These were also good races, mainly real road races and criteriums.

When I first arrived on the racing scene I was befriended by John Shields who told me he would “train me to be a champion”. Instead of asking who he’d trained before and just took him at his word and said, ‘okay.’ 

Sheildsy, as he was known, was a likeable nutcase (a bit like myself some might add). The training was a bit haphazard and after a few months it died a death. 

He used to say things like; ‘You’ve got the souplesse,’ which left me in wonderment as to what he really meant. I was too embarrassed to say ‘what?

[It’s French for ‘flexibility’ relating to a nice, supple, fluid pedalling style, ed.]

I could write a whole book on John Patrick Sheilds, but not here.

But like Sheildsy, the place was rammed full of interesting characters. My club had a few, so apart from the Snake there were the Hollingsworth brothers, Mick and Paul. 

Bernie Nolan
Mick Hollingsworth. Photo©unknown

Mick had been to the Tokyo Olympics, as had Hilton Clarke. Hilton was a world class sprinter, stocky and very fast, and Paul turned out to be a good roadman, but not internationally. 

We trained together a lot and had a similar sense of humour. 

Paul was married to the lovely Lindi who is still a good friend to this day. It was Paul who told me to try and get a job as a Garbo (dustbin man) in the winter as the hours and pay were quite good. You started at 05:00 am and finished at 10:00 am. 

That was the good part; the job itself left much to be desired. After an interview lasting all of 5.5 seconds I got the job. 

On the first morning I rocked up at the depot and was put in a team of six, led by The Mad Dutchman.

The rules were that you were given a big plastic dustbin that was enough for two domestic dustbins worth of rubbish, then run (and I mean run) to the dustcart at the same time sorting out bottles and scrap metal which went a long way to almost doubling your wages.

After two streets I was exhausted, then after dumping my load into the cart The Mad Dutchman dived in after me and came out with a metal tea pot.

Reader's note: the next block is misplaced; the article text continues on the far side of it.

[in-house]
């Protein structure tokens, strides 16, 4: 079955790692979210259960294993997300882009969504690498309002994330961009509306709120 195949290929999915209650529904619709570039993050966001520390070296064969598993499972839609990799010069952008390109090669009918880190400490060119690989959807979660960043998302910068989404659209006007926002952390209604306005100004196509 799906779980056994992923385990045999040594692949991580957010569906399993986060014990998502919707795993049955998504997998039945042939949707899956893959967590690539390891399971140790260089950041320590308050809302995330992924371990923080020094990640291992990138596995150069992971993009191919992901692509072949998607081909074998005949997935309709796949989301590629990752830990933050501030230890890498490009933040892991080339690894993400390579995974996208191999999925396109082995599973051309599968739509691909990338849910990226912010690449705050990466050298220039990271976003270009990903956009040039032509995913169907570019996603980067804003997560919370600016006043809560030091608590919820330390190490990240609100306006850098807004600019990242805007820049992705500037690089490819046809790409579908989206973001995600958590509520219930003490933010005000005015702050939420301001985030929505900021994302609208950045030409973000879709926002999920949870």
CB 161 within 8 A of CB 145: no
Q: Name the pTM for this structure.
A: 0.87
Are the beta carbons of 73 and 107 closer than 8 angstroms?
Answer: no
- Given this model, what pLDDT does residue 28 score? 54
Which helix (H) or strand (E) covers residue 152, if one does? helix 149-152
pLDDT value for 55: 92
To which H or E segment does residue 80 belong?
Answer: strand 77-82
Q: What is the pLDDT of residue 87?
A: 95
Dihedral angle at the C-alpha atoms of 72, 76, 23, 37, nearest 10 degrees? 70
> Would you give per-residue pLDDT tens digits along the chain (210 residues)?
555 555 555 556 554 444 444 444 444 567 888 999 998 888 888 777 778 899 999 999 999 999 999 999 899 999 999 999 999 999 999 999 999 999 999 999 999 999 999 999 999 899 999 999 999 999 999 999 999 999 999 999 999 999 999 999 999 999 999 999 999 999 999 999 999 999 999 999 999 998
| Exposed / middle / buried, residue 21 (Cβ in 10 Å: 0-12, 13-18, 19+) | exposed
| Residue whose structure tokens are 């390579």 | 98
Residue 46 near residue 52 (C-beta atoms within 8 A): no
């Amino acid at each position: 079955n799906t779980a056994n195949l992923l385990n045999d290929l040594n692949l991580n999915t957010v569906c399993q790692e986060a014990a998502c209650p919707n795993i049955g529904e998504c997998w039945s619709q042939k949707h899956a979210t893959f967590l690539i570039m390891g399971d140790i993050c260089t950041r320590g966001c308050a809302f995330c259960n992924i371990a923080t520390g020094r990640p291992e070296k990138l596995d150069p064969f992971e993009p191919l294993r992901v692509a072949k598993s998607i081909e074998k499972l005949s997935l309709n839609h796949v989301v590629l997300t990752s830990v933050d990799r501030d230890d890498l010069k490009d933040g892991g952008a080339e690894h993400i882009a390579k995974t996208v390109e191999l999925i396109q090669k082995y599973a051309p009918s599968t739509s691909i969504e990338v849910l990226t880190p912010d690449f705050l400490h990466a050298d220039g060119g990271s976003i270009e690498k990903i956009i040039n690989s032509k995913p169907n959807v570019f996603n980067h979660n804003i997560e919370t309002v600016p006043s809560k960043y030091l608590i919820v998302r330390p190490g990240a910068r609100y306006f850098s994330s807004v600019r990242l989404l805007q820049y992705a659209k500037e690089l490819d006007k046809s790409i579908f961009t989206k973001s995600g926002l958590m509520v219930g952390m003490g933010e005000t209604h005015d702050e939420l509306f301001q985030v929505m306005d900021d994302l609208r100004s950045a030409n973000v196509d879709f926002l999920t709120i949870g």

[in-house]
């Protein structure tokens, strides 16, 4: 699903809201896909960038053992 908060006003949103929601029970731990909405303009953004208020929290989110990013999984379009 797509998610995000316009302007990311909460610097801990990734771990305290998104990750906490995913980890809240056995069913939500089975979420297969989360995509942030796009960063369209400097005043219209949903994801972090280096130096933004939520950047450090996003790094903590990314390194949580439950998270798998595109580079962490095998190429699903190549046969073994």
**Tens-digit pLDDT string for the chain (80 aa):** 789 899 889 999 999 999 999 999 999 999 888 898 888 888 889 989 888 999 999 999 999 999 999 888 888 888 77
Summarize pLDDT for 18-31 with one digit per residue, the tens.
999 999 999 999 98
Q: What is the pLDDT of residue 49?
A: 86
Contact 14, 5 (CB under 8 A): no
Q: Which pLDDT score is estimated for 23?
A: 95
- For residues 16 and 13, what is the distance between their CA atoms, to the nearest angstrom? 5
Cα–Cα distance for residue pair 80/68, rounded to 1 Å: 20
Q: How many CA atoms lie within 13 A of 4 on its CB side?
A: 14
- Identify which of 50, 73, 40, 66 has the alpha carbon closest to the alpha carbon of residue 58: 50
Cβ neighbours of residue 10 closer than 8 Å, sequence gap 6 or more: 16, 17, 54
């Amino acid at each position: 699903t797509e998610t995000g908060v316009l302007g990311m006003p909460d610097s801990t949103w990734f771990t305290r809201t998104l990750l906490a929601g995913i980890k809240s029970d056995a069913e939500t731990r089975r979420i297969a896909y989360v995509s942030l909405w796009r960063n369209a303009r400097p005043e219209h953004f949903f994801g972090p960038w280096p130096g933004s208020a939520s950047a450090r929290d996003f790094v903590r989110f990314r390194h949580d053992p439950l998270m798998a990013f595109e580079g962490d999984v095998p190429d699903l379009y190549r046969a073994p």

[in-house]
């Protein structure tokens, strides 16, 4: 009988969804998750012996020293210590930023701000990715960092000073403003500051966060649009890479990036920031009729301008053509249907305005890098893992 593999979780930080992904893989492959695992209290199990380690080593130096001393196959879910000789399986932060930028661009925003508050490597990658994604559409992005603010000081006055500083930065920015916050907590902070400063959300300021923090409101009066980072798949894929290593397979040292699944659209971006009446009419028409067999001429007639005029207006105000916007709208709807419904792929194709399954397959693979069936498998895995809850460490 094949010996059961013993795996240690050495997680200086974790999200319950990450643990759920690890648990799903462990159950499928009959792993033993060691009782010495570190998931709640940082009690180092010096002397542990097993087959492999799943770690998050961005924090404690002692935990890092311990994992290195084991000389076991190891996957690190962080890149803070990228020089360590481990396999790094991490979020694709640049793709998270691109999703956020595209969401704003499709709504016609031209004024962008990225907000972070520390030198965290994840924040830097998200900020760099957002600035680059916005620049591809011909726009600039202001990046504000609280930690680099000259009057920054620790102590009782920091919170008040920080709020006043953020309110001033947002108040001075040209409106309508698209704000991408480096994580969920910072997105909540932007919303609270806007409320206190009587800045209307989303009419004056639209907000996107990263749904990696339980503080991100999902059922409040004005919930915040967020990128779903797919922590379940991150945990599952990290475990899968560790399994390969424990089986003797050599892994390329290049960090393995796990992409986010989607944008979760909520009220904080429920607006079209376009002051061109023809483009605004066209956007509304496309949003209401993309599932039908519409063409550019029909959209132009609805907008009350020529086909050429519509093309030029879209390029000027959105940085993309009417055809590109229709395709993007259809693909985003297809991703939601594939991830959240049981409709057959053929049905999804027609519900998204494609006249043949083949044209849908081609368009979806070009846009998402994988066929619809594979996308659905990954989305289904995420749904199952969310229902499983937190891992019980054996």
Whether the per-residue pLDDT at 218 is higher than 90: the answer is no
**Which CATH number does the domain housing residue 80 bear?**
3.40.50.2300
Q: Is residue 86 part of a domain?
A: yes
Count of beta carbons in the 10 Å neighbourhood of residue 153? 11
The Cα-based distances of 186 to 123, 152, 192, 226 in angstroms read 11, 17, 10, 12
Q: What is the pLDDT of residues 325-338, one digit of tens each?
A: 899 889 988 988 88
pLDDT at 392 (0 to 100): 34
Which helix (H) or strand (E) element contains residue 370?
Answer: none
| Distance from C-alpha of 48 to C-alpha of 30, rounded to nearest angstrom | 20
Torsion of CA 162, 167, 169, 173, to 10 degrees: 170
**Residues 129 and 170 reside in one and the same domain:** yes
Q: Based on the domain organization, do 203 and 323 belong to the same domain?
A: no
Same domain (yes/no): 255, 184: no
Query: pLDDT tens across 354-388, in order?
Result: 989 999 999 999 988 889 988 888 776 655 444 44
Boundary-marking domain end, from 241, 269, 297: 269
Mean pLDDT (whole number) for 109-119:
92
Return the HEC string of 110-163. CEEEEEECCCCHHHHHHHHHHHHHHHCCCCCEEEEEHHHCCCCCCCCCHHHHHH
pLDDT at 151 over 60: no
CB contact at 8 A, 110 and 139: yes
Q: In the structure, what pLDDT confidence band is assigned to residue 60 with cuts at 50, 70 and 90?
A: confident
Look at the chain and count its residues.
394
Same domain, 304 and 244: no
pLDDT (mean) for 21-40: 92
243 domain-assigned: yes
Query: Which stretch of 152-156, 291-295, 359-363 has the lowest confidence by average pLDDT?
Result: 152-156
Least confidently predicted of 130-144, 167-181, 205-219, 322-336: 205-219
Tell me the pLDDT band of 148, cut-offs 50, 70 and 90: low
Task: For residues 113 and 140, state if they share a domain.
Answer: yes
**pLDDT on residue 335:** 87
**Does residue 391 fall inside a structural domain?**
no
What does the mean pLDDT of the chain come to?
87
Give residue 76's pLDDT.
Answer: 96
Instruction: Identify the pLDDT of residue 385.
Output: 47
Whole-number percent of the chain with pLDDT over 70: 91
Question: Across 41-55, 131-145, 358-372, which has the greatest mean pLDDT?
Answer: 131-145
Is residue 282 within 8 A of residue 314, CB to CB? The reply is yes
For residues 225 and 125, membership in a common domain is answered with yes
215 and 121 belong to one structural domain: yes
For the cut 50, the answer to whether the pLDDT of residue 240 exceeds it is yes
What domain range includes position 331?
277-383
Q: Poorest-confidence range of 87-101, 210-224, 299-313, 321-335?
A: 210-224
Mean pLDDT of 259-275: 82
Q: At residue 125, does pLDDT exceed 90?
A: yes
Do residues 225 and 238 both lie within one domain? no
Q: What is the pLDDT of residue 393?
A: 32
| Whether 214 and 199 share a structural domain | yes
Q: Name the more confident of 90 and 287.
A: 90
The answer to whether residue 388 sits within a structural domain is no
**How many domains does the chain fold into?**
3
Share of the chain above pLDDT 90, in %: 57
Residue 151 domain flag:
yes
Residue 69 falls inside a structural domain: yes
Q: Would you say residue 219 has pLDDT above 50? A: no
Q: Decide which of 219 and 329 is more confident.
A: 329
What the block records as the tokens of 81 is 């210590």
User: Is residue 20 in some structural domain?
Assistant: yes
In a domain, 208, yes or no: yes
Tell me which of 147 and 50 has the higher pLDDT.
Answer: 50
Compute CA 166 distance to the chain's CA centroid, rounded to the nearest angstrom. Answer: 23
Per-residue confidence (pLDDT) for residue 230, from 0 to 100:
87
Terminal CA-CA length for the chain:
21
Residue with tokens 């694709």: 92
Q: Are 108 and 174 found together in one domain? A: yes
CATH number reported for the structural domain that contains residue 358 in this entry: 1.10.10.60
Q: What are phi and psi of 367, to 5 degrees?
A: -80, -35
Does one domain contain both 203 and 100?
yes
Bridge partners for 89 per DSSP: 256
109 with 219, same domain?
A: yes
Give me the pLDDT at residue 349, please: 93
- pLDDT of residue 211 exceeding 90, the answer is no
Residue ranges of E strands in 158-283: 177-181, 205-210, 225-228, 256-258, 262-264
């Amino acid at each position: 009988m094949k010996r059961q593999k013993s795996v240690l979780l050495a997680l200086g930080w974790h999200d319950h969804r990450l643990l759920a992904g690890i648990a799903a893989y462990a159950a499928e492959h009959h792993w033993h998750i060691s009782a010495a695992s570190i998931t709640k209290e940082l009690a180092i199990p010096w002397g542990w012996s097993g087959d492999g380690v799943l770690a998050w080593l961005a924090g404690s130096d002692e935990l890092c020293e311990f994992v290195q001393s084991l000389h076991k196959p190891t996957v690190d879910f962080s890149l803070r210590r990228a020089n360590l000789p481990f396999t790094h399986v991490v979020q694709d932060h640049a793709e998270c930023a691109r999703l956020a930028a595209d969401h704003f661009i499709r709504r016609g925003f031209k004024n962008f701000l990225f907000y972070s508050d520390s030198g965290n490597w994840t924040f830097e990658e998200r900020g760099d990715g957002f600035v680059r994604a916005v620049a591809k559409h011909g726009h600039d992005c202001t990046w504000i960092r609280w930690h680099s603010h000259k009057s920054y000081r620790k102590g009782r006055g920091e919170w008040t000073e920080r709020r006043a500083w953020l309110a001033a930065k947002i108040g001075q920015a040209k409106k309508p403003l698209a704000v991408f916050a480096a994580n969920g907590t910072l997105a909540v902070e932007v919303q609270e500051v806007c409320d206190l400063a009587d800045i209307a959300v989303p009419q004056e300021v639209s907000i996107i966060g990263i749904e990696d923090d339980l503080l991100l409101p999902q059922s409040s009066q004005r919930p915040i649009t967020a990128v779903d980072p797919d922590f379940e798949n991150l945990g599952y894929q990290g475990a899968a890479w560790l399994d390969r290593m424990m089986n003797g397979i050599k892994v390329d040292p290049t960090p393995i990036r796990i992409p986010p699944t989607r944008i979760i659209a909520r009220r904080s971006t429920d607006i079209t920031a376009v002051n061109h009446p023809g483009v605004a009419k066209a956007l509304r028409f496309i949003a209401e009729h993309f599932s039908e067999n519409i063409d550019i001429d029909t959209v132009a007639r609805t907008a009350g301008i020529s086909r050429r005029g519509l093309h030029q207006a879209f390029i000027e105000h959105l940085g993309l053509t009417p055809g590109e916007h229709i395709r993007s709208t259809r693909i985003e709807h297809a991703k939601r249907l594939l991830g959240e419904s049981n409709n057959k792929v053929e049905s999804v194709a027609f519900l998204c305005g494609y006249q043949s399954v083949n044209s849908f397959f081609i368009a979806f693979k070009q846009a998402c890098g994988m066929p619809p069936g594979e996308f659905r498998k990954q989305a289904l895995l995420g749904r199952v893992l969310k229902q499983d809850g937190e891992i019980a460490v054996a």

See that ?’ he said, ‘its metal and you make one more mistake like that and you’re out!

The next mistake was about five minutes later. 

When I got back to the depot I got the sack and a wave of relief passed over me.

The first track season came and went without too much excitement but because I always thought of myself as a roadie I was looking forward to my first road season which was in the Aussie winter, from about May to October. 

Every two weeks there was an ‘open weekend’, these were the big races like Melbourne to Castlemaine and Dandenong to Morwell.

These races were always hard because you and your group were working hard together from the off. The idea was that the different groups were all supposed to meet up somewhere after the halfway stage. 

In reality what happened was that whenever the scratch group caught your group you had to hang on in there; and often start working with them so at the end it was the scratch group plus another 10 riders or so. 

Sometimes if it was a tailwind it would be difficult for the scratch group to make up the 30 mins or so to the limit group. 

There were two main prizes, first past the post and fastest rider. So two riders could get this if it was say a tailwind but quite often one rider would get first and fastest. 

Throughout my time in Oz it was usually Don Allan – who as many people know went onto bigger and better things in Europe, including 15 Six Day wins and a total of 41 Six Day podiums as well as stages in the Peace Race and Vuelta España. 

Bernie Nolan
John Trevorrow (c) with Ron Webb at the Tour de France. Photo©John Trevorrow

Also in the scratch bunch in those days were John (Iffy) Trevorrow, and Clyde Sefton (second in the Munich Olympic RR) and the fantastic Sansonetti twins, Remo and Sal. 

It was the end of the 1970 season when Don had a bad car accident and many – including himself – thought he may never race again. However with the help of Keith Reynolds and a lot of will power, Don made it into the Munich Olympic team in ‘72.

I was usually in the third scratch group, I like to say this was because I was an unknown quantity… We were often caught somewhere between halfway and 15 K to go, with some of us finishing with the leaders. It’s a pity that I wasn’t a sprinter.